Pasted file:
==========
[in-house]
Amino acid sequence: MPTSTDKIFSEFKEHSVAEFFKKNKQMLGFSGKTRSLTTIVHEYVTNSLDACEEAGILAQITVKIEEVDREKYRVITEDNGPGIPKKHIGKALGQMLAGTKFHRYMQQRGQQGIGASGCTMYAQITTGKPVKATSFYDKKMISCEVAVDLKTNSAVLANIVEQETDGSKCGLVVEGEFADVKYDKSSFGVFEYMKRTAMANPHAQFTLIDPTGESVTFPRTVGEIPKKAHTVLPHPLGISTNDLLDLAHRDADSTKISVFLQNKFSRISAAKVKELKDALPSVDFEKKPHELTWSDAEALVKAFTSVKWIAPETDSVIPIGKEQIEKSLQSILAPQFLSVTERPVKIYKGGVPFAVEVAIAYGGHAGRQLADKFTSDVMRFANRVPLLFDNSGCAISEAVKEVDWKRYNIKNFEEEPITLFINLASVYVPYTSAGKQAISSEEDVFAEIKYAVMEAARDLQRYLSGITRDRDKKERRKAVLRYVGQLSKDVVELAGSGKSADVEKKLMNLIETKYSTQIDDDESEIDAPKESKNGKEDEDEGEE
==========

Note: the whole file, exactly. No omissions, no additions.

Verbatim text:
[in-house]
Amino acid sequence: MPTSTDKIFSEFKEHSVAEFFKKNKQMLGFSGKTRSLTTIVHEYVTNSLDACEEAGILAQITVKIEEVDREKYRVITEDNGPGIPKKHIGKALGQMLAGTKFHRYMQQRGQQGIGASGCTMYAQITTGKPVKATSFYDKKMISCEVAVDLKTNSAVLANIVEQETDGSKCGLVVEGEFADVKYDKSSFGVFEYMKRTAMANPHAQFTLIDPTGESVTFPRTVGEIPKKAHTVLPHPLGISTNDLLDLAHRDADSTKISVFLQNKFSRISAAKVKELKDALPSVDFEKKPHELTWSDAEALVKAFTSVKWIAPETDSVIPIGKEQIEKSLQSILAPQFLSVTERPVKIYKGGVPFAVEVAIAYGGHAGRQLADKFTSDVMRFANRVPLLFDNSGCAISEAVKEVDWKRYNIKNFEEEPITLFINLASVYVPYTSAGKQAISSEEDVFAEIKYAVMEAARDLQRYLSGITRDRDKKERRKAVLRYVGQLSKDVVELAGSGKSADVEKKLMNLIETKYSTQIDDDESEIDAPKESKNGKEDEDEGEE